Your son or daughter may be able to tell you, "Mom, I feel like I'm going to throw up when I'm at bat," but many kids, especially kids under the age of twelve, will often need help naming what they're feeling and understanding why they feel it. Some kids won't tell you they need help if they think you might be upset with them. As one eleven-year-old put it, "I hate telling my dad stuff when I think he's going to yell at me or tell me to act like a man. I'm just a kid."

That's why moms and dads need to be on the lookout for the signs and symptoms of competitive stress. Kids who need help dealing with competitive stress in sports will often express themselves through their nonverbal communication. Here are some of the most common ways that kids will let you know they need help managing their feelings and emotions generated by sports competition:

Physical Issues. A healthy child will suddenly tell you he or she is sick when it's time to go to practice or a game. Before, during, or after a game or practice, your child complains of headaches, dizziness, stomach upset, hot flashes, and other sudden physical complaints.

Performance Difficulties. A child who plays consistently well in practice but who plays poorly during a game or competition may be experiencing competitive stress.

Personality Changes. A child who is normally even tempered throws a bat during practice if he or she strikes out. The calm child strikes another teammate or an opponent during a game. The outgoing child with-draws or the shy child curses when participating in sports activities.

Behavioral Changes. You notice that your child is suddenly eating less, eating more than usual, or having trouble falling asleep. A change in your child's usual behavior patterns is a sign that she's suffering from competitive stress. Some behavioral changes occur on the field and some occur off the field.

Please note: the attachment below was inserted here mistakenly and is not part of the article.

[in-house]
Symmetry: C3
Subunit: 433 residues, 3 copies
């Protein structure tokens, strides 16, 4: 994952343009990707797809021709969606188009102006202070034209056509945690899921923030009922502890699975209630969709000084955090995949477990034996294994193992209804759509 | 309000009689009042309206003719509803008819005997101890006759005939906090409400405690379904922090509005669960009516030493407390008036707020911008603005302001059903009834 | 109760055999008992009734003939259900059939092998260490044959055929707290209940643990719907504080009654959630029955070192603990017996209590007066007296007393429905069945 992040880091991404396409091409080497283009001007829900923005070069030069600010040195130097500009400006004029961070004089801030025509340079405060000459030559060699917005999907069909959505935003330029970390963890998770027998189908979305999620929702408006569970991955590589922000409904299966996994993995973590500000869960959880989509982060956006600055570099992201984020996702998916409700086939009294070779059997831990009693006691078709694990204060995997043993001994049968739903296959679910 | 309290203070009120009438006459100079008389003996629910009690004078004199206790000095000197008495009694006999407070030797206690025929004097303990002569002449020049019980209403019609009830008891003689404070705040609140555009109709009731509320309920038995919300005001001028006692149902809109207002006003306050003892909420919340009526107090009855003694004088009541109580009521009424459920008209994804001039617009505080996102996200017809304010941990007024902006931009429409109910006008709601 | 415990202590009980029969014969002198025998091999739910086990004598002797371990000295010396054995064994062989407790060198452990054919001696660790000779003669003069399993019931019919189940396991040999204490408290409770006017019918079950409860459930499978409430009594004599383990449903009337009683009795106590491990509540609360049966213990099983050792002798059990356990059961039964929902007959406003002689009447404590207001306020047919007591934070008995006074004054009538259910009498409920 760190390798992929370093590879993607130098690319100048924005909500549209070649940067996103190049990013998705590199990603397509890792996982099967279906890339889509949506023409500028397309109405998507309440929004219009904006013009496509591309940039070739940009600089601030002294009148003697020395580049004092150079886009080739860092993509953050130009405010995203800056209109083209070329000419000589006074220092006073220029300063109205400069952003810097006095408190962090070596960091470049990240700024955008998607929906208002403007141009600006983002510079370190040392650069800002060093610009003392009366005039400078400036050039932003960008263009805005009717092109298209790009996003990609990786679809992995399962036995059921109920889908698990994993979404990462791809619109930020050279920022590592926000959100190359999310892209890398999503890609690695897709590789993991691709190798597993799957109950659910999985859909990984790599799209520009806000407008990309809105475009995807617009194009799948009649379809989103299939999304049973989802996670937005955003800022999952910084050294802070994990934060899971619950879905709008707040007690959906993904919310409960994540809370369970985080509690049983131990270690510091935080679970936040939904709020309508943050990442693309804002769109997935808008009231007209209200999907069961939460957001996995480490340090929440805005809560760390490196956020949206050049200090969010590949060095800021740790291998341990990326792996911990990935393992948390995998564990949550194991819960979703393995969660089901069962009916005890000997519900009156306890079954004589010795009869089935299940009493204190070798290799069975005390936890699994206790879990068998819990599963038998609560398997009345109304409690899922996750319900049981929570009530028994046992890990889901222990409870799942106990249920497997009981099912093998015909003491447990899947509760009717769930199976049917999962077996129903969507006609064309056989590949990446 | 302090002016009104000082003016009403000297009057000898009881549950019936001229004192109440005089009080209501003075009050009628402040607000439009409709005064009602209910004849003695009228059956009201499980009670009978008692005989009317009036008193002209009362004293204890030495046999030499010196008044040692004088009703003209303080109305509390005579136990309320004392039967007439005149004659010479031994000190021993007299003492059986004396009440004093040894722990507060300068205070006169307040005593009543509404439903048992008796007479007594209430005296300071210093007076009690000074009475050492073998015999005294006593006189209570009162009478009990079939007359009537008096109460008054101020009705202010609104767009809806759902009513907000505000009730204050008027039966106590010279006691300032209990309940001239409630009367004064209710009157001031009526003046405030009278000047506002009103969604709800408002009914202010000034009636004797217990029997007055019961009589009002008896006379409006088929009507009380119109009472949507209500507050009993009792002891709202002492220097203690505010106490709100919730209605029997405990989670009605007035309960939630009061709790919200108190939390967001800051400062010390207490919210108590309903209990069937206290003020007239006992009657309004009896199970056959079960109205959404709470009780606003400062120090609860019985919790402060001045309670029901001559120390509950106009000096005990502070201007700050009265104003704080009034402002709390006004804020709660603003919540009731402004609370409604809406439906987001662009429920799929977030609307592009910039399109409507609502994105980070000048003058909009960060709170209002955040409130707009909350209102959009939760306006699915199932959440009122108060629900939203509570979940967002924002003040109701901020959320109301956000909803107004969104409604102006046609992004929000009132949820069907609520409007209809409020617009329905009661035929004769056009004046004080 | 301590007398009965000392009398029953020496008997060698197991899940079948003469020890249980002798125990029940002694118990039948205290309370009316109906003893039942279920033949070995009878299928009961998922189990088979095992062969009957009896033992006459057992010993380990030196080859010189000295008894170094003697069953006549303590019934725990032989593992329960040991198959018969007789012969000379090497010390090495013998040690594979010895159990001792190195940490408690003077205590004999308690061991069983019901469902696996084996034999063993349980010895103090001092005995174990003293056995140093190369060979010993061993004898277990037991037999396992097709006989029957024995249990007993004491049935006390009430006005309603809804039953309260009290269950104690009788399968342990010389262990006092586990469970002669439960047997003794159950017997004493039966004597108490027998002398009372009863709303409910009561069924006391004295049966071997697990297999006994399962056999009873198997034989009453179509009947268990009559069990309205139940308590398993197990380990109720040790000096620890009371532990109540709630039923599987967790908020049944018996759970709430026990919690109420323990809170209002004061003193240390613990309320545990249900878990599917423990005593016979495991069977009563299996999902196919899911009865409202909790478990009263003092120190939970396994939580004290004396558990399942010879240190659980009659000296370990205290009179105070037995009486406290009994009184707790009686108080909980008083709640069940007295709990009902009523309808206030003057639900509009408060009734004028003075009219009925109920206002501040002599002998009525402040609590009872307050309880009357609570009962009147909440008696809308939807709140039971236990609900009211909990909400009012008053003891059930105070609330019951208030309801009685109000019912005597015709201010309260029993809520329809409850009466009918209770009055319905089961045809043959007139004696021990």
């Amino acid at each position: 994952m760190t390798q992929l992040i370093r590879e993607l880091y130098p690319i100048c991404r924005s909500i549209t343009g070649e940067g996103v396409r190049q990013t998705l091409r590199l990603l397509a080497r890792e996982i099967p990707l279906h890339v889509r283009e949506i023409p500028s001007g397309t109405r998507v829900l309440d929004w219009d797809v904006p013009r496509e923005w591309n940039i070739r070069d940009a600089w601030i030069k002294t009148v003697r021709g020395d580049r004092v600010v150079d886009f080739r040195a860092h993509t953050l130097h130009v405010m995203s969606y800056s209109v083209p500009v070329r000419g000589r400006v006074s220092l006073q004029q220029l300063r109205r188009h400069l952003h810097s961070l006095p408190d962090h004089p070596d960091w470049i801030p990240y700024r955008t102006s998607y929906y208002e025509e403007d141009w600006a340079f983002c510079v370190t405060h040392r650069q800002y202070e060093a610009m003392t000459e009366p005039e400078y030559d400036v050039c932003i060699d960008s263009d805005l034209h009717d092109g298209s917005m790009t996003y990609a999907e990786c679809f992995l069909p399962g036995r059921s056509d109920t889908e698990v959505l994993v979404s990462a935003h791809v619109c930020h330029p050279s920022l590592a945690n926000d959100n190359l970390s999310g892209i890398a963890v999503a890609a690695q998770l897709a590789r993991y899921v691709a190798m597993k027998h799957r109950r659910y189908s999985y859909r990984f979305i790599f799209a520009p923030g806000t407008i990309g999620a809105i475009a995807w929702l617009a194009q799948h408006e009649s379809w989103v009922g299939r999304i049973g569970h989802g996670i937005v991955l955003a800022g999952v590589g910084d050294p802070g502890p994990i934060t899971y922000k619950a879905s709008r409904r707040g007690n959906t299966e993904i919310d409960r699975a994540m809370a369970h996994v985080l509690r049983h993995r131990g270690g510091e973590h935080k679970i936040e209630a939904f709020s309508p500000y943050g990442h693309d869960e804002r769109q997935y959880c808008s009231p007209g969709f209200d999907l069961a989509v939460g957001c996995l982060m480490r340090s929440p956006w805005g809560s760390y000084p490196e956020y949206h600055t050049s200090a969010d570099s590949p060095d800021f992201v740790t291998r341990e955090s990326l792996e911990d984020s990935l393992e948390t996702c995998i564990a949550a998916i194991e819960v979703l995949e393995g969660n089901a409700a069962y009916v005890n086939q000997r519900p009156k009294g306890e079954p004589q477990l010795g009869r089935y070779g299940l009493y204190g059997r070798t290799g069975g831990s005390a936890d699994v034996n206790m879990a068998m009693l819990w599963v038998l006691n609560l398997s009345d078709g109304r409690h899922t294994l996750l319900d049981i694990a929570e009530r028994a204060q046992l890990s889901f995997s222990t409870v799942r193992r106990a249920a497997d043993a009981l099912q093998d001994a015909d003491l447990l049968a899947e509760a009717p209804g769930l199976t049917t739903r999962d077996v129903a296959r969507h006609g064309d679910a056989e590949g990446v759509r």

Emotional Upset. Your child shows signs of nervousness, anxiety, anger, or sadness, especially when on the way to practice, during a game, or after playing the sport. Your child dwells on mistakes or blows them out of proportion.

If you notice any of the above warning signs, don't panic. All sports-playing kids will occasionally have a tantrum, cry, or get an upset stomach before a big game. Remember, pressure is built into performance. You can't change that about sports. The feelings that competition creates can be uncomfortable, but they are unavoidable and to be expected. Some kids handle the stress of competition better than others. A lot of it has to do with your child's athletic ability, self-esteem, and confidence levels at the time.

If your child exhibits unusual or troubling behavior now and then, or once or twice, even if it's unsettling, I wouldn't worry too much about it. Kids have phases of behavior that they cycle in and out of. It's the pattern of frequent and/or persistent behavior that you need to address.

Though not an absolute rule, "frequent" or "persistent" means that the behavior occurs around four or five times within a short period of rime, whether it's a thrown bar at four games in a row or crying in the car on the way home after five lost games. That's a pattern. The pattern lets you know that your child is most likely stressed out and needs to learn How to manage her stress.